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85The runes of The Hobbit.

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  • Vicentini Emanuele
    Nov 3, 2000
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      Greetings,

      I have a little question for all the certardili regarding the
      runes used in "The Hobbit" (don't worry, I won't ask why the dwarves used
      Anglo-Saxon based runes :-))

      AFAIK, Tolkien used what I call "The Hobbit mode" in the book "The
      Hobbit" (of course) and in a couple of other occasions: an edition of "The
      Hobbit" for schools and a postcard he sent to a fan. In this last piece,
      sometimes there's a small dot under some rune to tell the reader that its
      sound is double.

      This feature is not used regularly (I think Tolkien introduced it
      to correct some spelling error: hobit for hobbit, etc.), but I'd like to
      know, anyway, what you think about it.

      In "The Hobbit mode", as I know it from the book, there are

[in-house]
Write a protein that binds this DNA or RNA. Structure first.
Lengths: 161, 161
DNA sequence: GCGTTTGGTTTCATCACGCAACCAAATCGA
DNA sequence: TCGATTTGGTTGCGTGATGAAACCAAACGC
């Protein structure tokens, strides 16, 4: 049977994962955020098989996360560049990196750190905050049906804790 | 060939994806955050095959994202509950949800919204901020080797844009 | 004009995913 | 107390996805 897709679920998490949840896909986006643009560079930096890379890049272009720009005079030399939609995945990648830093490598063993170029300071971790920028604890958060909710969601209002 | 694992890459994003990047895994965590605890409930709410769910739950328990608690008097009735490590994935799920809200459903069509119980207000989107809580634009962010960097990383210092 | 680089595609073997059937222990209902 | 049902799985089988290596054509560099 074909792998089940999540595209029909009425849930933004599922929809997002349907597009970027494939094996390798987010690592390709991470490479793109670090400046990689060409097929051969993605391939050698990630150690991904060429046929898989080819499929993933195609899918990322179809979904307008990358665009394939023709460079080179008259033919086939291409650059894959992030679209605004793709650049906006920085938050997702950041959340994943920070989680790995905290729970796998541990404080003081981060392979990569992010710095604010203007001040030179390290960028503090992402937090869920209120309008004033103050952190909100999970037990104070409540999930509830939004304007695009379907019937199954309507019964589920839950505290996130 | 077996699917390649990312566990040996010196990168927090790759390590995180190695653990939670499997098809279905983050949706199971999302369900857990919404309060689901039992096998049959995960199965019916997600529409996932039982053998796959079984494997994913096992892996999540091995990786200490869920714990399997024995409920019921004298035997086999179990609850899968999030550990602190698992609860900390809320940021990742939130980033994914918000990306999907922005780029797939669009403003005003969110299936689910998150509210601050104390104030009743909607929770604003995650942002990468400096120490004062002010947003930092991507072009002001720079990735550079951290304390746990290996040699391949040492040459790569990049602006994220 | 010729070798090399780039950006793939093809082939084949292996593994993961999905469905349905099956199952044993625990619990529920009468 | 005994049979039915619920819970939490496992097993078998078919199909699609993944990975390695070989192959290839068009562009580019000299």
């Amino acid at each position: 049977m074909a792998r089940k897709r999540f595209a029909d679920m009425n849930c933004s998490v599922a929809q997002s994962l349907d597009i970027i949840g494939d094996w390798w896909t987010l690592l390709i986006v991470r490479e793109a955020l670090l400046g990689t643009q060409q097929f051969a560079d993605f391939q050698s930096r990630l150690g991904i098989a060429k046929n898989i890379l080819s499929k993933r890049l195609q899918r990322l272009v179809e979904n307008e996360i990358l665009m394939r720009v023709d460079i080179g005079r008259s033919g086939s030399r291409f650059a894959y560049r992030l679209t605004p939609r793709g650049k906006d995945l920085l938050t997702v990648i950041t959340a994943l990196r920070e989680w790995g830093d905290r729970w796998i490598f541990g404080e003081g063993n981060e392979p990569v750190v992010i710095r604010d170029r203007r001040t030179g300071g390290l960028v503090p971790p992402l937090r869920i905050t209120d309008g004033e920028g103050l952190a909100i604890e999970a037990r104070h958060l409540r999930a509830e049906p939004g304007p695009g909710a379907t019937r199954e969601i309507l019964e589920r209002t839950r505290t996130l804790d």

already some rune used for combinations of two roman character, so perhaps
      the dot needn't to be used with, for example, "ee" or "ng" (I really don't
      know how you could pronounce 'ng' doubled in the same way of 'b' :-)). For
      "q" (and "qu") Tolkien used the "cw" combination, and perhaps even in this
      case the under-dot is not applicable...

      Examples on the use of "The Hobbit mode" aren't so much, and I
      wonder if there could be more 'special' rune, but for now that's not
      matter. Coming to the end, I think the under-dot is usable only with:
      b, c, d, f, g, h, k, l, m, n, p, r, s, t, w, x, y, z.

      I excluded the five vowels because, as there's a special rune for
      "ee" there could be runes for "aa", "ii", etc. For "j" Tolkien used the
      same rune of "i", and for "v" the same as "u", so I think they neither
      should go with the under-dot.

      Comments are welcome.


      Saluti,
      Emanuele.

      "He loved maps, as I have told you before; and he also
      liked runes and letters and cunning handwriting..."
      -- J.R.R. Tolkien, The Hobbit
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